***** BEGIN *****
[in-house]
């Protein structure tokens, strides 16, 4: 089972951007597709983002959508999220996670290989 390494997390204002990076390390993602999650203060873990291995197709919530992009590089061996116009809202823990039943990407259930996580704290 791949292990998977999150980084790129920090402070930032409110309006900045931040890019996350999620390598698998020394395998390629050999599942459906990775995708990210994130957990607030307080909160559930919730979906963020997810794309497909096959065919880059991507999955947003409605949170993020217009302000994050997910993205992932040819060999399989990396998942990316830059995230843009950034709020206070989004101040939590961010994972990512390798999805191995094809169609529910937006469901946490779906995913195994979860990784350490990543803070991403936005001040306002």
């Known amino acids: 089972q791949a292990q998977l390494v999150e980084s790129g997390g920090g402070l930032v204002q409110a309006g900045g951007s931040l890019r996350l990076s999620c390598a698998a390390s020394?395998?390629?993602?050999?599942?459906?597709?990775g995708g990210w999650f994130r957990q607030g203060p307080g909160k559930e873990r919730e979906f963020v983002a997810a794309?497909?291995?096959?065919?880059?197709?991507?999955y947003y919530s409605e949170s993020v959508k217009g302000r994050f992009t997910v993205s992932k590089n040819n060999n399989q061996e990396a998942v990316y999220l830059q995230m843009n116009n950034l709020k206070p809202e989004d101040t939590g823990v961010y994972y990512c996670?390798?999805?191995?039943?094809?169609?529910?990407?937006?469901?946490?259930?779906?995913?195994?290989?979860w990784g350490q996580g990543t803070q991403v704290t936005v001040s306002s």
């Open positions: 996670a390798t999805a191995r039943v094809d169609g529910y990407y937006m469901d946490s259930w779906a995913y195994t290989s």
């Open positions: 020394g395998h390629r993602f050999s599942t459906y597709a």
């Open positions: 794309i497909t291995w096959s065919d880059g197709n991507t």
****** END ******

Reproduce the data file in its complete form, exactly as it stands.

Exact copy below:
[in-house]
């Protein structure tokens, strides 16, 4: 089972951007597709983002959508999220996670290989 390494997390204002990076390390993602999650203060873990291995197709919530992009590089061996116009809202823990039943990407259930996580704290 791949292990998977999150980084790129920090402070930032409110309006900045931040890019996350999620390598698998020394395998390629050999599942459906990775995708990210994130957990607030307080909160559930919730979906963020997810794309497909096959065919880059991507999955947003409605949170993020217009302000994050997910993205992932040819060999399989990396998942990316830059995230843009950034709020206070989004101040939590961010994972990512390798999805191995094809169609529910937006469901946490779906995913195994979860990784350490990543803070991403936005001040306002």
């Known amino acids: 089972q791949a292990q998977l390494v999150e980084s790129g997390g920090g402070l930032v204002q409110a309006g900045g951007s931040l890019r996350l990076s999620c390598a698998a390390s020394?395998?390629?993602?050999?599942?459906?597709?990775g995708g990210w999650f994130r957990q607030g203060p307080g909160k559930e873990r919730e979906f963020v983002a997810a794309?497909?291995?096959?065919?880059?197709?991507?999955y947003y919530s409605e949170s993020v959508k217009g302000r994050f992009t997910v993205s992932k590089n040819n060999n399989q061996e990396a998942v990316y999220l830059q995230m843009n116009n950034l709020k206070p809202e989004d101040t939590g823990v961010y994972y990512c996670?390798?999805?191995?039943?094809?169609?529910?990407?937006?469901?946490?259930?779906?995913?195994?290989?979860w990784g350490q996580g990543t803070q991403v704290t936005v001040s306002s």
């Open positions: 996670a390798t999805a191995r039943v094809d169609g529910y990407y937006m469901d946490s259930w779906a995913y195994t290989s």
């Open positions: 020394g395998h390629r993602f050999s599942t459906y597709a």
């Open positions: 794309i497909t291995w096959s065919d880059g197709n991507t």